Patient StoriesGoodbye to pain after long-delayed hip surgeryFebruary 11, 2019
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Israel, with its rocky, hilly terrain, might seem like an odd place to break in a new set of hips. But that’s just what Mike Omtvedt did earlier this year. Mike — known as “Pastor Mike” to his parishioners at Hosanna Lutheran Church in Mankato, Minnesota — co-led a group of 80 people to the Holy Land just two months after having both of his hips replaced. It was the 51-year-old’s second trip in the past two years.
“Both trips were a blessing, but the second from a hip perspective was much more enjoyable,” Mike says. That’s because he was pain-free for the first time in years, thanks to the two surgeries performed just weeks apart at Mayo Clinic Health System in Mankato.
OH, MY ACHING...BACK?
Mike’s journey to surgery began in 2015 when he started experiencing what he thought was back pain. But after attending a men’s health forum, he began to suspect the pain might be in his hips instead.
“One of the speakers went through symptoms that matched my symptoms, and he’d had hip replacement surgery,” Mike says. “I started to think maybe this wasn’t a back issue.”
Mike scheduled an appointment with an orthopedic specialist at Mayo Clinic Health System, where X-rays revealed severe osteoarthritis in both of his hips. The condition develops when the cartilage that cushions the bones of the joints deteriorates, allowing the bones to rub against each other. The pain that results often can be managed with medication, physical and occupational therapy or exercise. But, sometimes, those treatments are ineffective, and joint replacement surgery is the best treatment option.
That was the case for Mike. But because of his relatively young age, he was advised to hold off on surgery until his symptoms worsened. Artificial joints can wear out over time, requiring additional replacement surgeries. “The doctor told me, ‘As young as you are, it might be wise to push surgery out,’” Mike says.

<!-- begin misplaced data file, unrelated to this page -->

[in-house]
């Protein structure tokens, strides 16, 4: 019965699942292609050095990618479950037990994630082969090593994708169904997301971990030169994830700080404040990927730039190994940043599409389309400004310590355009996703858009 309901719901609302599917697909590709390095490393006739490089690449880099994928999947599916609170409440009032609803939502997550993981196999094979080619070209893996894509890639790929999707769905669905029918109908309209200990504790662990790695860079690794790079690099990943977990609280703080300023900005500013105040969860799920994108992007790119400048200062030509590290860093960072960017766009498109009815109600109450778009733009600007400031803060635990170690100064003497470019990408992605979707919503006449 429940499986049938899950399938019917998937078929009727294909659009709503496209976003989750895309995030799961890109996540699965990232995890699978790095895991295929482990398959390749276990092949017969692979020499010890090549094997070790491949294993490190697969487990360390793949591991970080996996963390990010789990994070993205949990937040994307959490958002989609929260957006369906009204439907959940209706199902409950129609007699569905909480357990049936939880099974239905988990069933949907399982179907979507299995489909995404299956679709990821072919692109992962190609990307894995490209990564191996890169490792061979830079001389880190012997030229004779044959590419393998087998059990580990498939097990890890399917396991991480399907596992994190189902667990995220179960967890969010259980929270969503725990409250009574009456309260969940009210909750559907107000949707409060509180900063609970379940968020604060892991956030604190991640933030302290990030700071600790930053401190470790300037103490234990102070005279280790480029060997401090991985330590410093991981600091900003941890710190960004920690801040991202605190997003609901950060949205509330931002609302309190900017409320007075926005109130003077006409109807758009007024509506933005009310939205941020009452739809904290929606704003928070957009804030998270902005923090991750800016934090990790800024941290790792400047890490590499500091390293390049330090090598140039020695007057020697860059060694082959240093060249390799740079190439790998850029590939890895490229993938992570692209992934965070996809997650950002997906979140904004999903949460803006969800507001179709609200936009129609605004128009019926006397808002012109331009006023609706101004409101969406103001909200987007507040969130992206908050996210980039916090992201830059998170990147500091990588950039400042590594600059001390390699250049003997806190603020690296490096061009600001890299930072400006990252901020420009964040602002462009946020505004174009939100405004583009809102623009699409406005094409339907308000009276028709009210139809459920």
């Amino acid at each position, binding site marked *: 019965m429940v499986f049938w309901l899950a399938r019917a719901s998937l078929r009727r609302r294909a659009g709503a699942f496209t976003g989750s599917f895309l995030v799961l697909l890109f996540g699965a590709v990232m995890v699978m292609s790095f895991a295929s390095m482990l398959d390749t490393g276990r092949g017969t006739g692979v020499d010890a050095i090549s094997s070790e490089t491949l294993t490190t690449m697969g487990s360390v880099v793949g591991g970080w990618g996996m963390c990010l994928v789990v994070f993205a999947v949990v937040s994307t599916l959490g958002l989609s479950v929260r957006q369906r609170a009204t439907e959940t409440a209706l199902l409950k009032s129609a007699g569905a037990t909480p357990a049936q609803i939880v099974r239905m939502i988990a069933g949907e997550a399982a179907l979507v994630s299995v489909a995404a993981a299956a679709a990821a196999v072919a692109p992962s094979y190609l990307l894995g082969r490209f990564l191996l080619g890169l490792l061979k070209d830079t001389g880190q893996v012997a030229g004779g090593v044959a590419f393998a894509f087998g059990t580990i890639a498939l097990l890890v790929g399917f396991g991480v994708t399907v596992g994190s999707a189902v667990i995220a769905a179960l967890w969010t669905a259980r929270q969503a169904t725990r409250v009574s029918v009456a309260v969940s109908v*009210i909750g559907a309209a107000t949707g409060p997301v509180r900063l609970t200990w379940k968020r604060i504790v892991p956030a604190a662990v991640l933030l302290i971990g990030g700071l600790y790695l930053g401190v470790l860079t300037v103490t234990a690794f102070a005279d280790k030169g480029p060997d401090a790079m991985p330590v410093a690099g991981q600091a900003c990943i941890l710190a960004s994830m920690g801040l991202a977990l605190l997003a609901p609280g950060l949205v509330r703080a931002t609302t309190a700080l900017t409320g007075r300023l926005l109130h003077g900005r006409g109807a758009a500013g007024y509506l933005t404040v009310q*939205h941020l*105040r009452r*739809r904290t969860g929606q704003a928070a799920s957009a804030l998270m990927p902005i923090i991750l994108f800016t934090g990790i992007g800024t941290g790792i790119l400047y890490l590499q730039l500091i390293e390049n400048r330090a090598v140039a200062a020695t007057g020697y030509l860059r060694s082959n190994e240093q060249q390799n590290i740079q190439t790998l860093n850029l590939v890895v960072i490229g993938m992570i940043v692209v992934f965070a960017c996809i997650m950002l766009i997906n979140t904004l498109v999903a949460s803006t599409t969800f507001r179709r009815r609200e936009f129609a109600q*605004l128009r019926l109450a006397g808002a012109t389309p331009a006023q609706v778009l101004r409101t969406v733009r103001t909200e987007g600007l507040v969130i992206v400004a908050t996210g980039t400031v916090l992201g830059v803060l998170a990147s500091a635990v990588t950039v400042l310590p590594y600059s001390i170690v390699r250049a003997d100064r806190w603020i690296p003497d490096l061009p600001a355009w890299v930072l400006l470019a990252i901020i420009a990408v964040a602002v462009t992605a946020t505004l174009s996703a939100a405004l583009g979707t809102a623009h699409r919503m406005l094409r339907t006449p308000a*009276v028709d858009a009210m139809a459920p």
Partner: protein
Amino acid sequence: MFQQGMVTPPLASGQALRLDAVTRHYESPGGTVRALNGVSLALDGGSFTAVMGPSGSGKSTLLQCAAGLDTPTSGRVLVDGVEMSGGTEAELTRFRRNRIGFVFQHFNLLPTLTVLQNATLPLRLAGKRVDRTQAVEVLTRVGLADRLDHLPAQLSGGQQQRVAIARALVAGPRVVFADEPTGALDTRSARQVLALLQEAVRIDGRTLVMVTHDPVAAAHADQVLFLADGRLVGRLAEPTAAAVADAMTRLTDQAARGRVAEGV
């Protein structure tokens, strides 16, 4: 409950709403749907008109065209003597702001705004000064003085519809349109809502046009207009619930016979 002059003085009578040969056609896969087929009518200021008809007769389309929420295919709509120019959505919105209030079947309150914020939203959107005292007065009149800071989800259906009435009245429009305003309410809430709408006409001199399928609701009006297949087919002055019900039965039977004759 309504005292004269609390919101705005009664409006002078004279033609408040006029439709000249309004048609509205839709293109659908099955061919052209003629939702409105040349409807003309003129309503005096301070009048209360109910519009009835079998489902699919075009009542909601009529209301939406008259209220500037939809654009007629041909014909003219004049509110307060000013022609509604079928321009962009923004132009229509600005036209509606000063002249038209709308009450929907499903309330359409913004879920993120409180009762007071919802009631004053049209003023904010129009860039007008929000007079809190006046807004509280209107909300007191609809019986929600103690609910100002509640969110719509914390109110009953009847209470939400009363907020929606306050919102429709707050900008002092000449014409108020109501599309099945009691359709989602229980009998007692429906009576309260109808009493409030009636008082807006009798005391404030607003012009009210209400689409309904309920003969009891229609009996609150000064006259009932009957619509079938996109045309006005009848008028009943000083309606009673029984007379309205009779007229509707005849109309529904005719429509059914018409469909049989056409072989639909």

NEW ANTERIOR APPROACH
While he waited, Mike stayed busy. And, active. He took his first trip to Israel and guided several camping trips into the Boundary Waters Canoe Area. Meanwhile, his symptoms worsened.
“It was getting harder and harder to do everyday life things,” Mike says. “It was getting tough to bend over and pick things up. It got so bad, I couldn’t even put on my own socks. It was humbling.”
Mike and his wife, Rhonda, had been researching options for hip replacement, and had decided on the anterior (front) approach, which allows surgeons to reach the hip joint without cutting through muscle. A specialized operating table and equipment are used for the procedure. Patients having anterior hip replacement recover more quickly than they would from the side or back approach, both of which require cutting through muscle.
Mike initially planned to have surgery at Mayo Clinic – Rochester because the anterior approach was not available locally. But then he learned that two surgeons — Eric Busse, M.D., and Jacob Ziegler, M.D. — would be joining the staff and offering the procedure at Mayo Clinic Health System in fall 2017. And that’s just the start of the clinic’s growth in orthopedics, says Dr. Busse.
"You really have to trust your surgeon, and I could tell mine genuinely cares about people." —Mike Omtvedt
“We plan to have 10 surgeons on staff in Mankato by fall 2019,” he says. “This will allow us to offer even more procedures right here in Mankato.”
Mike became one of Dr. Busse’s first local patients.
“Pastor Mike was ready for his hip replacements,” Dr. Busse says. “He did his homework and extensively researched all approaches. Choosing the anterior approach helped him get back to the active lifestyle he was used to living.”
WORTH THE WAIT
Mike's first surgery took place on Sept. 25. “The team did a great job,” Mike says. “I had surgery Monday, went home Tuesday, went to church on Wednesday and by that weekend, I was able to preach.”
Mike’s recovery was even quicker after his second hip was replaced a little over a month later.
“I had surgery on a Monday, went home on Tuesday, to church on Wednesday and was back bowling on Friday,” he says.
That didn’t surprise Dr. Busse. “Patients do very well in the early postoperative period,” he says. “Though in eight years of being around hip replacement patients, he is the first I’ve met that went to the bowling alley that quickly. He did wonderfully after surgery.”
And that makes Dr. Busse feel pretty wonderful himself. “Helping patients feel better and get back to the activities they love is why I chose orthopedic surgery as a career path,” he says.
Mike says it is a fitting choice.
“You really have to trust your surgeon, and I trusted Dr. Busse,” Mike says. “I could tell he genuinely cares about people, and he loves what he does.”